Drones are becoming very popular, with an increasing number of ways they can be used in teaching, research, gathering data, enhancing access to sites and to provide a unique perspective.
Drones are very exciting but because they do fly around, make a lot of noise and occasionally crash, there are rules we all have to follow. The following information is a guide to the use of drones and how you can use a drone at Lincoln University.
Some rules for using drones
Using a drone means taking responsibility for its operation and the ‘authorities’ have a set of rules that are applied to the use of drones in New Zealand. In particular the following CAA (Civil Aviation Authority) rules are very important to take note of:
- Aircraft must not exceed 25 kg MTOW, and must always be safe to operate
- Take all practicable steps to minimize hazards to persons, property and other aircraft (ie, don’t do anything hazardous)
- Fly only in daylight, unless conducting a shielded operation. Refer to the Civil Aviation Authority (CAA) rules.
- Give way to all crewed aircraft
- You must be able to see the aircraft with your own eyes (eg, not through binoculars, a monitor, or smartphone) to ensure separation from other aircraft (or use an observer to do this in certain cases)
- Do not fly your aircraft higher than 120 metres (400 feet) above ground level (unless certain conditions are met)
- Have knowledge of airspace restrictions that apply in the area you want to operate
- Do not fly closer than four kilometres from any aerodrome (unless certain conditions are met)
- When flying in controlled airspace, obtain an air traffic control clearance issued by Airways. See the AirShare website.
- Do not fly in special use airspace without the permission of the administering authority of the area (eg, military operating areas or restricted areas)
- Get consent from anyone you want to fly above
- Get the consent of the property owner or person in charge of the area you are wanting to fly above – check with your local council or Department of Conservation before flying in public places like parks and reserves.
We recommend having a good look at the Civil Aviation Authority (CAA) Drones page to see what you can and cannot do with a drone in NZ.
Take particular note of the guidelines for getting consent to fly over people. This is a hot topic given the increased awareness of privacy issues and public safety. As such flights over large crowds may require a special consent from CAA.
Flying a drone over Lincoln University property
If you would like to fly a drone over Lincoln University grounds the first thing you need to do is contact Lincworks to get permission for the flight. As Lincworks manage the university property they are the ‘people in charge’ as stipulated in the CAA rules. If you communicate the following information to Lincworks they will see if there are any conflicts with other drone users, onsite contractors or special university events:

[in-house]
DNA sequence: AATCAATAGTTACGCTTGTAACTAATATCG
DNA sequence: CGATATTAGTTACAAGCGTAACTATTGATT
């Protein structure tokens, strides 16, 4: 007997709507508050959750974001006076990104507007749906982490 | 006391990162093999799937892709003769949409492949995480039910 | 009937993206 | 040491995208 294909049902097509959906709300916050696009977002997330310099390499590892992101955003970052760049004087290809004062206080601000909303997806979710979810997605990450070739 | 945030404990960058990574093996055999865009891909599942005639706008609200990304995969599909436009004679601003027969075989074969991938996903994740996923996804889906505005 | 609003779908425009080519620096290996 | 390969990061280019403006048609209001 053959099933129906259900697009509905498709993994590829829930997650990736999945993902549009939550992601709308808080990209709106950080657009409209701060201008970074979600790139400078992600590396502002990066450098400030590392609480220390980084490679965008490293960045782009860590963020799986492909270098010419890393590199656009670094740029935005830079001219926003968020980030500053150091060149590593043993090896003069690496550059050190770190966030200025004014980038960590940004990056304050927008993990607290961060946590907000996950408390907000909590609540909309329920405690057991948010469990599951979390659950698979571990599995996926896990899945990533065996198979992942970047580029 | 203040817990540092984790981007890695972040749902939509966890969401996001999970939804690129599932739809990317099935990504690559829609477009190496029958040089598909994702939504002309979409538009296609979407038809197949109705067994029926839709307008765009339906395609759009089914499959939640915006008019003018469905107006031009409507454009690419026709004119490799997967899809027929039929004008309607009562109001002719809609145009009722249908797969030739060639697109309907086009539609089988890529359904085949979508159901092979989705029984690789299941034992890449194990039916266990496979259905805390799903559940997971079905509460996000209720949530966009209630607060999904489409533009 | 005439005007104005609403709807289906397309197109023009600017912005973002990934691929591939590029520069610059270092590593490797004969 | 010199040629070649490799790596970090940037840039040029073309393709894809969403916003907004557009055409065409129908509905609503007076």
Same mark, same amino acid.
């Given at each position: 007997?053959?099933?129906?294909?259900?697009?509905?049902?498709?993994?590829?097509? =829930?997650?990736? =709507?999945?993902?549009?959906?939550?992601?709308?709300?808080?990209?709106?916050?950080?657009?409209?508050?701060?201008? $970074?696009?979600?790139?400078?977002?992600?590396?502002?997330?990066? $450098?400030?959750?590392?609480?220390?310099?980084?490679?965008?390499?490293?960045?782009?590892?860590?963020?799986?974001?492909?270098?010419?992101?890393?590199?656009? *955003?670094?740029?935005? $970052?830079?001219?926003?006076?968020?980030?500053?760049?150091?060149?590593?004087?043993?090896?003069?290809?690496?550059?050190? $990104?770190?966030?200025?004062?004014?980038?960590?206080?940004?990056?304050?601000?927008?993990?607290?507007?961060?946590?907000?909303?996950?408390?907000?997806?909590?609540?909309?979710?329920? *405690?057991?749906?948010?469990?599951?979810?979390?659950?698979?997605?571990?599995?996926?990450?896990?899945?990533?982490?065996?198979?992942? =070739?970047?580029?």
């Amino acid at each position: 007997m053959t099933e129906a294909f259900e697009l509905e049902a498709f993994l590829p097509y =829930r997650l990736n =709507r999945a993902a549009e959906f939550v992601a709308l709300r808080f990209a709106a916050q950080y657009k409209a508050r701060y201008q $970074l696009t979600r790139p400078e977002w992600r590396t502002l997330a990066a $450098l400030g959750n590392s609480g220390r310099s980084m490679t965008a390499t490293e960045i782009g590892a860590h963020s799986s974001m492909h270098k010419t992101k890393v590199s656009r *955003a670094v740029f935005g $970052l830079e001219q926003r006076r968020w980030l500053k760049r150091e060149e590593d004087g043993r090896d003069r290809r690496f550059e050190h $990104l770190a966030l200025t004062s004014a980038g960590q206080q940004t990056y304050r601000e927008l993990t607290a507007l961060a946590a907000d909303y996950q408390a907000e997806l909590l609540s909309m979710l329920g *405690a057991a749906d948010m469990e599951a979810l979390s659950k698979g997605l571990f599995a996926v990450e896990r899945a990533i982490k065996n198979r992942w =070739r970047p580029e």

- date and time of proposed drone flight
- proposed flight area or path
- type of drone to be used
- the drone operators name.
Lincworks is very supportive of drone flights across the campus as long as people adhere to the CAA rules and provide them with a little notice.
When wanting to fly a drone over Lincoln University farms and associated sites please get in touch with the respective farm/site manager and supply the same information as above.
Flying a drone over other places
Basically everywhere you fly a drone you have to get permission from the land owner/manager. As a common courtesy ask them where you can and cannot fly. In some cases this is very easy and involves a quick discussion or request. However, there are a few places in NZ where you will have to do more than have a chat with someone. One such place is over Department of Conservation (DOC) land. DOC has a process in place to ensure public safety and manage public access to areas, and the use of drones comes into this. Have a look at drone use on conservation land on the DoC website to see what you can and cannot do with a drone over DOC land (this also includes how you operate a drone around birds and marine mammals). The DOC has a permit system for drone use that does have an associated cost, so please take note.
In short, if you want to fly a drone somewhere, have a look into whether there are any regulations about that land (such as Iwi property, national parks, Roads NZ or local council). For example, in some areas you cannot fly a drone over a mountain, as it is considered tapu. Read about aircraft/drones on the Selwyn District Council website The following is another example from the Selwyn District Council.
Probably the most important consideration is to first ask yourself, where is the nearest airport? Flying a drone near an airport without authorisation is a big no-no. Thankfully there is a very helpful website that shows you where you can fly called AirShare.